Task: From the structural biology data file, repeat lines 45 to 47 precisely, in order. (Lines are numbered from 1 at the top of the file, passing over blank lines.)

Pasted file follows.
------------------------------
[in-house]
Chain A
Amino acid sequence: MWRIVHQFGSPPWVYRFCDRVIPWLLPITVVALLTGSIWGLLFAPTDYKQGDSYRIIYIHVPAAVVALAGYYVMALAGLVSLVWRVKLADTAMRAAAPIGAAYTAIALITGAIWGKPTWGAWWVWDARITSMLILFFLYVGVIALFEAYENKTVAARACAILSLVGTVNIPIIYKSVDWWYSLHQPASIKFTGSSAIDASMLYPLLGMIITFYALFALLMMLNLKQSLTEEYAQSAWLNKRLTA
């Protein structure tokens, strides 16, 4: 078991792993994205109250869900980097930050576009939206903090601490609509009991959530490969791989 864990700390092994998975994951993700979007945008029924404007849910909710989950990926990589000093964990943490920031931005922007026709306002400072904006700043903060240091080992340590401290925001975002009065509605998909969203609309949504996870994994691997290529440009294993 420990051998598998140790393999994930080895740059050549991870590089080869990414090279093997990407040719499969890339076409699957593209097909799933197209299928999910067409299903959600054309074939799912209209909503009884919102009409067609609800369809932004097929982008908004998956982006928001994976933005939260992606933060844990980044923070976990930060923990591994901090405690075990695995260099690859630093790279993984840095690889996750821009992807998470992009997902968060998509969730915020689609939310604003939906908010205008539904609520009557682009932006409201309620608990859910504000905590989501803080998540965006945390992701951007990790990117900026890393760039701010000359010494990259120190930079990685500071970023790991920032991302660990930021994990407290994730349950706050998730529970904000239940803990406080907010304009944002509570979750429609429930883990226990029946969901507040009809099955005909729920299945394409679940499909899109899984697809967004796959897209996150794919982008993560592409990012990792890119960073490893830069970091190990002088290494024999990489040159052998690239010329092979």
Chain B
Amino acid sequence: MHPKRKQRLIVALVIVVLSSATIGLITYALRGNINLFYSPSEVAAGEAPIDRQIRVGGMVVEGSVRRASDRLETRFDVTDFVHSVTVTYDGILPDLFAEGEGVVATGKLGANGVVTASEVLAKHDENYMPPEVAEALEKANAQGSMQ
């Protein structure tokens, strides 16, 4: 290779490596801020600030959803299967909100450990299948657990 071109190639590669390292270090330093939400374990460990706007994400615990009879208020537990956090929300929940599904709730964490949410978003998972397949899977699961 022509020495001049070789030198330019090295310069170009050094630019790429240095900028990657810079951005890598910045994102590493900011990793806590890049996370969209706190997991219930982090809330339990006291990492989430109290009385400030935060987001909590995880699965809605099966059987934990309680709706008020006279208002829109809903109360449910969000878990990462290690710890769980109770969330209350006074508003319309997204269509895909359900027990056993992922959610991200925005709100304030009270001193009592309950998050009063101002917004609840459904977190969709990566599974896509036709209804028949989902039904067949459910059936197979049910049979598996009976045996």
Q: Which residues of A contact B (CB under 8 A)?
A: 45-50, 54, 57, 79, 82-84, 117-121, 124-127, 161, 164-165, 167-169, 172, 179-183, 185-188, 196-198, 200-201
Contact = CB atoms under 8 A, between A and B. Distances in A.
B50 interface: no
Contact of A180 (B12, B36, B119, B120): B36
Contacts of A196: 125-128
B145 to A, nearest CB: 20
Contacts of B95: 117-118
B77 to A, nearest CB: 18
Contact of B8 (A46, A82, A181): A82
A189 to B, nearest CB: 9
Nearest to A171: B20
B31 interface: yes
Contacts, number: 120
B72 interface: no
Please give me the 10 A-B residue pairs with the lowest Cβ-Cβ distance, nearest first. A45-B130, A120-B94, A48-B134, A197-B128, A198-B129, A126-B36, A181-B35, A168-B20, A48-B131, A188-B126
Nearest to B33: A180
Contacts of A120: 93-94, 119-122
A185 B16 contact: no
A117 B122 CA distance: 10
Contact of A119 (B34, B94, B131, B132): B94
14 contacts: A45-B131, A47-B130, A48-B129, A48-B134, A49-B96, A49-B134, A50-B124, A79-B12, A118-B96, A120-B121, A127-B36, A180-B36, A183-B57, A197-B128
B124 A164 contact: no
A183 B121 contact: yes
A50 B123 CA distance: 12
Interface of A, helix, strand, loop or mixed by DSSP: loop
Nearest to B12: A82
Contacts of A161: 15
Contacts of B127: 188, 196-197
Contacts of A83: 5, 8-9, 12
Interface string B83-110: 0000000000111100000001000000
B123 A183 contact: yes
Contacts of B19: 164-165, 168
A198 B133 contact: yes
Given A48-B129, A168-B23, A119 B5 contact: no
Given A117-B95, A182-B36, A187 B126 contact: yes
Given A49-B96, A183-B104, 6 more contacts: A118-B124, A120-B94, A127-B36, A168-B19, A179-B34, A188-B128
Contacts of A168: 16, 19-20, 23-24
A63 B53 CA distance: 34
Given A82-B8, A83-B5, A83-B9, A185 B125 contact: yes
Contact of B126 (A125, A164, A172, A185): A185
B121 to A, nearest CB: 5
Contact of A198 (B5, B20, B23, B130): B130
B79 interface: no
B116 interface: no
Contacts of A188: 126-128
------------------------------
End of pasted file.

Contacts of A168: 16, 19-20, 23-24
A63 B53 CA distance: 34
Given A82-B8, A83-B5, A83-B9, A185 B125 contact: yes